Annapurna Conservation Area Project (ACAP)


Annapurna Conservation Area is the first protected area that has allowed local resident to live within the boundaries as well as own their private property and maintain their traditional rights and access to the use of natural resources. It is also the first protected area, which has refrained from using army assistance to protect the dwindling natural resource base on which the region depends. Instead, it invests whatever financial resources available for community development and social capital building in the region. NTNC receives no regular funding support from the government for the operation of ACAP, but has been granted the right to collect entry fees from visiting trekkers. Revenue received from this is then invested back into the region, its resources and its community. Additional funds are also raised from national and international donors to strengthen conservation and development efforts. This is an exemplary achievement of a Non-Government Institution’s ability to manage a significant portion of the protected area system in Nepal.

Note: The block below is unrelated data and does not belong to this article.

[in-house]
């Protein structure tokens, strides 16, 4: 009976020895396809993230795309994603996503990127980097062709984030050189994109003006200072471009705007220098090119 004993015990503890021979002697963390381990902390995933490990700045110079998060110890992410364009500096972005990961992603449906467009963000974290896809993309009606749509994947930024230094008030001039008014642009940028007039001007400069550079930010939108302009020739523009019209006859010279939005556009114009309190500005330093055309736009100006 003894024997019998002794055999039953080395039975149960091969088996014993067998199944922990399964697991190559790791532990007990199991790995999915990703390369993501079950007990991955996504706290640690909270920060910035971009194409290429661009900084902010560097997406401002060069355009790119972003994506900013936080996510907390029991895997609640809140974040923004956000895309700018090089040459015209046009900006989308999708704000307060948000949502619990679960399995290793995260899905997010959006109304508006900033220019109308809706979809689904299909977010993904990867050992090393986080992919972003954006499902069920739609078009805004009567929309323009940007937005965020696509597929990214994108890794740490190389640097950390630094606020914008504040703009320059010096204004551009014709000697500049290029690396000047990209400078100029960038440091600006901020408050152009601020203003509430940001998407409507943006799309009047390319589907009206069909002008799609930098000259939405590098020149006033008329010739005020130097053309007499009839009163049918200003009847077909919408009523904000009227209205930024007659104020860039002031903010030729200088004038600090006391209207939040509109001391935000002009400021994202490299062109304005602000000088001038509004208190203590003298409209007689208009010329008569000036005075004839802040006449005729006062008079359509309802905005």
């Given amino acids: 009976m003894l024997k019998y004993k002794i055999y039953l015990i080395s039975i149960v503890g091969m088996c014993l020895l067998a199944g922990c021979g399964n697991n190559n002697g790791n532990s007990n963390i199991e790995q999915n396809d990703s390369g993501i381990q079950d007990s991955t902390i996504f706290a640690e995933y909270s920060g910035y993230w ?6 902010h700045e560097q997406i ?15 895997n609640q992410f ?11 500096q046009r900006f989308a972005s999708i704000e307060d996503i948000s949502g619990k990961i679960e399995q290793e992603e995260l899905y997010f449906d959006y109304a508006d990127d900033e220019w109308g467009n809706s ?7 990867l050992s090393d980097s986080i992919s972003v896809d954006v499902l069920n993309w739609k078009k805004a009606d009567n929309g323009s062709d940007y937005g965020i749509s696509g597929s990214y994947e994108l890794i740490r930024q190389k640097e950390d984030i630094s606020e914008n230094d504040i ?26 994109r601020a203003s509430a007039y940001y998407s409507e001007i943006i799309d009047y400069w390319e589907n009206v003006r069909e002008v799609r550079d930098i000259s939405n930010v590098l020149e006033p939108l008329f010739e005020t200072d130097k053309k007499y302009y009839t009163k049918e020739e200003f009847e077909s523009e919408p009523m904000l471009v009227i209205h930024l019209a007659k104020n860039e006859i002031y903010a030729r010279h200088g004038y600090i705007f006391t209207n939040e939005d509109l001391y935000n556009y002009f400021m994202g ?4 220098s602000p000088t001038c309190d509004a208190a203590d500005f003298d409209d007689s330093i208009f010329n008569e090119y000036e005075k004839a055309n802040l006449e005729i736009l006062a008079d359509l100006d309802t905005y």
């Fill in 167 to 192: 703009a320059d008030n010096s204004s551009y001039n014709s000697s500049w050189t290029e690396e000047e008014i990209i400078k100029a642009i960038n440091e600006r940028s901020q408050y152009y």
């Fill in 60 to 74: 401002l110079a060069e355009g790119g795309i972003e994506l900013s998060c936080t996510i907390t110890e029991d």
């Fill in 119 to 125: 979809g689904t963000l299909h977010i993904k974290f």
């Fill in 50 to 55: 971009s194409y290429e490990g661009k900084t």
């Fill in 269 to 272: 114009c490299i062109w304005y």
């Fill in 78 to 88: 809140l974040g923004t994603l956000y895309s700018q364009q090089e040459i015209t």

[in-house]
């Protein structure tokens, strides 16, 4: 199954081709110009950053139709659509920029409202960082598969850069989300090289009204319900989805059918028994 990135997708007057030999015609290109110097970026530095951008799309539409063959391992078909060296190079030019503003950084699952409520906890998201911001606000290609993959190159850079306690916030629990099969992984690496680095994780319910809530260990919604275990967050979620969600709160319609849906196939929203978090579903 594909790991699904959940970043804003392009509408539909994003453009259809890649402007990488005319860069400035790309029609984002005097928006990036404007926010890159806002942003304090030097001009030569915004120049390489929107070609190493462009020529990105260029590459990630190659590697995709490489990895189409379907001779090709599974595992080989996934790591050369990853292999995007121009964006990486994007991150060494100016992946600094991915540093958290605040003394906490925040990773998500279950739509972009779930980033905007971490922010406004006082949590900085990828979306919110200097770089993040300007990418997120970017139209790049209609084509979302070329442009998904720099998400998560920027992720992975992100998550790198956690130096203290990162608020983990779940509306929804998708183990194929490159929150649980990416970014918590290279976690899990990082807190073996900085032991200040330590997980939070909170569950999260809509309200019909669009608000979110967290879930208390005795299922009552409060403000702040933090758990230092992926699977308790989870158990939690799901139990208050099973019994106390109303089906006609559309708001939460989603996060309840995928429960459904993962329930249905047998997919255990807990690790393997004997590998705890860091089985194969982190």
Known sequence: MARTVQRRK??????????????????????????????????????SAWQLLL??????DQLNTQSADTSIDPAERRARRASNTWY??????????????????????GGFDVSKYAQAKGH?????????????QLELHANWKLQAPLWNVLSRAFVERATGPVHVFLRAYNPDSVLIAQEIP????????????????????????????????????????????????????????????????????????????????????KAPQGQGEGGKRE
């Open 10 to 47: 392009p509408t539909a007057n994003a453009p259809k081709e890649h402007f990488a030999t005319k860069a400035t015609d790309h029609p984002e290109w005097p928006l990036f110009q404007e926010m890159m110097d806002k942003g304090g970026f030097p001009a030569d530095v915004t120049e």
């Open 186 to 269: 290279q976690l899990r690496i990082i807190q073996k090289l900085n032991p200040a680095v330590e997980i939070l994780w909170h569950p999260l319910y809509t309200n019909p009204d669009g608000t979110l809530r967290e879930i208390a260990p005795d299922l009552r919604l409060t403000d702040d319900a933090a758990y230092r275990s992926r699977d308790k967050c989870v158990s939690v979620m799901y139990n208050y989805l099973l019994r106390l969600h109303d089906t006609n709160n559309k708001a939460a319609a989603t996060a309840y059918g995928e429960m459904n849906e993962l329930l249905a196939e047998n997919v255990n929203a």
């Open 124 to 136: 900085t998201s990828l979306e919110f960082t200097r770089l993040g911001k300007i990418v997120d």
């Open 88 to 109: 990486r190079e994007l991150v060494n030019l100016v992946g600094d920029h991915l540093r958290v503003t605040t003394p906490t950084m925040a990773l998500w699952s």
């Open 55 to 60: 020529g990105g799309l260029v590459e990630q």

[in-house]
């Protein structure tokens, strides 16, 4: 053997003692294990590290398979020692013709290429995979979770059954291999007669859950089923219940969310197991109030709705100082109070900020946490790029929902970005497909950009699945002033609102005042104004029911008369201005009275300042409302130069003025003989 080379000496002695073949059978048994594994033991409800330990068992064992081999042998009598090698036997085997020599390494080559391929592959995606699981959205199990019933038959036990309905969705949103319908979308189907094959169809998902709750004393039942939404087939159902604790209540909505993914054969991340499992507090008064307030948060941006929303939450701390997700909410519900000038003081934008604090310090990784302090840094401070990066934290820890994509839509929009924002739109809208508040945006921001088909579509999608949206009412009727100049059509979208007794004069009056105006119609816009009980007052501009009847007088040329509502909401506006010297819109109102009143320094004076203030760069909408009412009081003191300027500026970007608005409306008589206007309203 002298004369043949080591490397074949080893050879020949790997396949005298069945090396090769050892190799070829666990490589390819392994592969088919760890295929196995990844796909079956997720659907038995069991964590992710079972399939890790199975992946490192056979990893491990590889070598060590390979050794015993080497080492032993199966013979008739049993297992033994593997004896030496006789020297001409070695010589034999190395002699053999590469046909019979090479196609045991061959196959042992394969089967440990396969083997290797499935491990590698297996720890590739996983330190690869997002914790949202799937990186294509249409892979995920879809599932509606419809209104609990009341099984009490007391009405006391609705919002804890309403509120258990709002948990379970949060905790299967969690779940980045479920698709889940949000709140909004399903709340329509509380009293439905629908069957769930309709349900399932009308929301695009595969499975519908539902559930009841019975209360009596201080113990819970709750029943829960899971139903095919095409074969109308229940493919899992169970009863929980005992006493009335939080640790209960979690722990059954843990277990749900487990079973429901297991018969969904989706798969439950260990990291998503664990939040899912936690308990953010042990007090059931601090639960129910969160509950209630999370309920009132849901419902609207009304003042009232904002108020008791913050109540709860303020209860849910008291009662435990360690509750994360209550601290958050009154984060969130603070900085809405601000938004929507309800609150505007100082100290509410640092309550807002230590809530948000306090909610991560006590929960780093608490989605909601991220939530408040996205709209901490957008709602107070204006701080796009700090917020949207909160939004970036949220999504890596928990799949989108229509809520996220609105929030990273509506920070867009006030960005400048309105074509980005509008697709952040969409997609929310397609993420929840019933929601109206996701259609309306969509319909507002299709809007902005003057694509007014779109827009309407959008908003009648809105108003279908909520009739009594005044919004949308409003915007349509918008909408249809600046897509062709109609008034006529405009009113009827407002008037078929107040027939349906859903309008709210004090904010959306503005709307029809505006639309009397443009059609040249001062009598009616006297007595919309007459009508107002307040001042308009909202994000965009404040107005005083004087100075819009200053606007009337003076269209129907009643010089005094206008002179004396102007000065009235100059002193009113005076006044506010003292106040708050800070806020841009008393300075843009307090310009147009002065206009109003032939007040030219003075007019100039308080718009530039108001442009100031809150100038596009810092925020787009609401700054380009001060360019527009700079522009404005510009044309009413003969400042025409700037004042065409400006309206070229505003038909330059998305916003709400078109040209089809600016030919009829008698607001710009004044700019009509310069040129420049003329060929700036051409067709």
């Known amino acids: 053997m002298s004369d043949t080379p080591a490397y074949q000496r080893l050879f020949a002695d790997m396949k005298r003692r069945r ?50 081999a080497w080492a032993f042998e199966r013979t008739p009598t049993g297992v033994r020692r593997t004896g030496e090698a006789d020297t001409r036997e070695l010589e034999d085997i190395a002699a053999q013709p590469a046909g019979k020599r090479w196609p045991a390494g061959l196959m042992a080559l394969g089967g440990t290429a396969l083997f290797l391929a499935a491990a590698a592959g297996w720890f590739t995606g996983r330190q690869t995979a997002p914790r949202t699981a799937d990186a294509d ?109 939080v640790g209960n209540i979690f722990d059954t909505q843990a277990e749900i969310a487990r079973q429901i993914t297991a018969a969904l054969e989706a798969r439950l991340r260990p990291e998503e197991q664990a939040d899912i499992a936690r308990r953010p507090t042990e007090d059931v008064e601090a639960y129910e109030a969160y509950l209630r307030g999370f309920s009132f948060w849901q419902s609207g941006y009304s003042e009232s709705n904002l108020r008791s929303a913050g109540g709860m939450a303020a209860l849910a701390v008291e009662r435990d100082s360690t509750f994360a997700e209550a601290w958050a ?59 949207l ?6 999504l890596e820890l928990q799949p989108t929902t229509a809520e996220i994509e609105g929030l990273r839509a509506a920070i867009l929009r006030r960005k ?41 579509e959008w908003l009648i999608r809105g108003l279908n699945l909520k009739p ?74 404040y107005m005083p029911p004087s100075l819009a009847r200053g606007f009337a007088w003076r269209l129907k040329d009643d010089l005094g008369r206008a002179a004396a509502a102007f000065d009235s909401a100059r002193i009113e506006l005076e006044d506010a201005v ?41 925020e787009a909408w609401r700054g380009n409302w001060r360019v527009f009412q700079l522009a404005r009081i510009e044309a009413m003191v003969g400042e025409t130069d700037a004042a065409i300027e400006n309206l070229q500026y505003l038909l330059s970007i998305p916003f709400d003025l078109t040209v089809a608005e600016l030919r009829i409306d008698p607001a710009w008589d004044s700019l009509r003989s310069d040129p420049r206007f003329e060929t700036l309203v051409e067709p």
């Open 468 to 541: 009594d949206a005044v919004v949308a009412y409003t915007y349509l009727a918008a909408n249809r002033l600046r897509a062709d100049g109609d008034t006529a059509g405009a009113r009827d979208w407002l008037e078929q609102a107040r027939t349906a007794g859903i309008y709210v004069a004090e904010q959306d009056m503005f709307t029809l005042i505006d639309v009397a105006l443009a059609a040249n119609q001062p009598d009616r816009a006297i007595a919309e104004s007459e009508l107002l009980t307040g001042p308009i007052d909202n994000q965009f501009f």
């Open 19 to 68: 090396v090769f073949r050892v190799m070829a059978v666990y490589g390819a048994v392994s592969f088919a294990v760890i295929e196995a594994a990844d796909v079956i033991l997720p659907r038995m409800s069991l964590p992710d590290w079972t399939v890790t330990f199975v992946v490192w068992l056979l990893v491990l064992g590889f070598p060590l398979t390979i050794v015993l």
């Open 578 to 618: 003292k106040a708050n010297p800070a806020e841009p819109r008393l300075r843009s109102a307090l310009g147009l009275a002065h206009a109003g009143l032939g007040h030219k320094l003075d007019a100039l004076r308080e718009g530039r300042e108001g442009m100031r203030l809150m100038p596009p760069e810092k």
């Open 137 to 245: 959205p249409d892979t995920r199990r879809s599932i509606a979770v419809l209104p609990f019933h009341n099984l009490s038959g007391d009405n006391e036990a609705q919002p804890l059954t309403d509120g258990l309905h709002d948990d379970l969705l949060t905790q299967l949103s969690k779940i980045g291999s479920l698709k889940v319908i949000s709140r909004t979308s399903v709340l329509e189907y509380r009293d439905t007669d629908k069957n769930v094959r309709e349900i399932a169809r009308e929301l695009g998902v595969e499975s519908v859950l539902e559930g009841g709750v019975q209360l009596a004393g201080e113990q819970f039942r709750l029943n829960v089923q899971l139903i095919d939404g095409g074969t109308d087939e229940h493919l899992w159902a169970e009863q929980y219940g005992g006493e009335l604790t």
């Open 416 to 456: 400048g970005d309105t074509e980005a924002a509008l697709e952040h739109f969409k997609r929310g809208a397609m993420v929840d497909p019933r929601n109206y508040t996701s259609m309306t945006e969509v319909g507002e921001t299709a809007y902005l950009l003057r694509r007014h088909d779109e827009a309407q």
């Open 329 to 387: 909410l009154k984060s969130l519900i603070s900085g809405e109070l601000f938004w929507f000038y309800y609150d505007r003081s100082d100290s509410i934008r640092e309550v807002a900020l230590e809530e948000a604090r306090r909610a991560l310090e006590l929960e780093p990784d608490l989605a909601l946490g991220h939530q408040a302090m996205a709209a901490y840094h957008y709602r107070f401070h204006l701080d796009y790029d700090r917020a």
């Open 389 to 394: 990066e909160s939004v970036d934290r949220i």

In order to manage ACA more effectively, it has been divided into 7 unit conservation offices: Jomsom, Manang and Lo-Manthang in the trans-Himalayan region and Bhujung, Sikles, Ghandruk, and Lwang on the southern flank of the Annapurna range. The focus of Jomsom, Manang and Ghandruk, which are among the most popular trekking destinations, is on integrated tourism management and other development activities that benefit local communities and the environment. Programme priorities in Bhujung, Sikles and Lwang are poverty alleviation and integrated agriculture development and agro-forestry. Similarly, the focus In Upper Mustang, which came under the jurisdiction of ACA in 1992, the focus has been on managing controlled tourism on a sustainable basis, and promoting heritage conservation which is its major tourist attraction. 

Source- Annapurna Conservation Area Project (ACAP) | The National Trust for Nature Conservation (NTNC)